Cinderella Week: Ever After
Set in a fictionalised sixteenth century France, Ever After is the story of Danielle de Barbarac, a spirited young commoner, who is made a servant in her own household following the death of her recently re-married father. Years later, disguised as a courtier, a chance meeting brings her to the attention of the spoiled and rebellious Prince Henry. This is a Cinderella story with no magic - no fairy godmother, no pumpkin carriage - but it doesn't matter. The tale is brought (kind of) into the real world, with engaging characters, gorgeous costumes and some new twists and turns.
Unlike in the original fairytale, Danielle meets the prince numerous times before she attends the ball (or masque). He is fascinated by her passion and principles, she - well I'm not exactly sure what his good qualities are to be honest. He's attractive definitely, and I suppose intelligent, but he's arrogant and entitled and kind of a brat. Still, she seems to like him (and actually, so do I.) The problem is, he still thinks she's the 'Contess de Loncre'. Cue lots of borrowing beautiful dresses from her artist friend and close shaves when Danielle almost runs into her stepmother and sisters, or the prince while in her servants garb. There are some great scenes between Danielle and her prince - I love their first meeting (the apple!) when they meet at court and the whole bit with the gypsies. But some of the most memorable moments actually involve the stepmother and sisters. (The 'father's dress or your mother's shoes' scene is maybe the standout?)
Everyone praised the 2015 Cinderella for giving the character of the wicked stepmother more depth, but although Cate Blanchett was great, Anjelica Huston's Baroness is both more hate-able and easier to understand. From the beginning we can see that she loved Danielle's father and the hatred she directs towards her stepdaughter is partly jealousy. I think she steals the show a little bit, and her scenes with Drew Barrymore really make you stop and pay attention. The stepsisters are good too - I've never see Marguerite (the glamorous and spiteful sister) in anything else, but Jacqueline (the likeable, dopey one) has played similar roles in everything from Coyote Ugly to Up in the Air. Someone give her a lead role already.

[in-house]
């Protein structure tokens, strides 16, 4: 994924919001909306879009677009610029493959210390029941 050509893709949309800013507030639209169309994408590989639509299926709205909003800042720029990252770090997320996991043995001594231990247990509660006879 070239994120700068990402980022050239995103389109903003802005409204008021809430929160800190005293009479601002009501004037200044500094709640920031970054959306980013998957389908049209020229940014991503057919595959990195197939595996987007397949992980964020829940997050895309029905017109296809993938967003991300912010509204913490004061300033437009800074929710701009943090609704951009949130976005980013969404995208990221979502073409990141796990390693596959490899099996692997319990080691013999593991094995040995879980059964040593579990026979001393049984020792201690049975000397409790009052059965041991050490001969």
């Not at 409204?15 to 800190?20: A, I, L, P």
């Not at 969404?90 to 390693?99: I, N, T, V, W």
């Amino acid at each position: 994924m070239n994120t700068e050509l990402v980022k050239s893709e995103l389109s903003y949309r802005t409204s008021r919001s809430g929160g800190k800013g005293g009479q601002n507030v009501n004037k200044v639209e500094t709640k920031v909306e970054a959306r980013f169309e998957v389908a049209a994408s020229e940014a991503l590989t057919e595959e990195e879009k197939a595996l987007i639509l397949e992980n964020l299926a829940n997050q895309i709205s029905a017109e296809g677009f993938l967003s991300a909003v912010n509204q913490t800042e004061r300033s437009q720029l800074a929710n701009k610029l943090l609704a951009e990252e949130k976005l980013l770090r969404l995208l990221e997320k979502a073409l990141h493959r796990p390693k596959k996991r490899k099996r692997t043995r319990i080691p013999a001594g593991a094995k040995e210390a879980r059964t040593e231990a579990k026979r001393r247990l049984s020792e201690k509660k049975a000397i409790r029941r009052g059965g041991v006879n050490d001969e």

One of the best things about this film is the way the ending plays out - the use of Leonardo da Vinci in place of the fairy godmother, the dramatic scene at the masque, the twist with Richard O' Brien's creepy Pierre le pieu, and (SPOILER) the fact that Danielle saves herself from this particular predicament, rather than having to be rescued. It makes the Prince look a bit of a drip, but oh well.
I love Ever After for a lot of things - costumes, characters, romance - but most of all it's quotability. My personal favourite? "I would rather die a thousand deaths than see MY MOTHER'S DRESS on that SPOILED, SELFISH COW!" No, wait: or "Do not address me so informal madam - I am a prince of France!"
I'm not going to say that Ever After is the best film of all time. Drew Barrymore's accent is, after all, shocking, and I doubt there's much here that's historically accurate. Still, it's one of those films you can watch again and again. There's a great cast and overall it's just a lot of fun. Exactly, in my opinion, what a fairytale adaptation should be.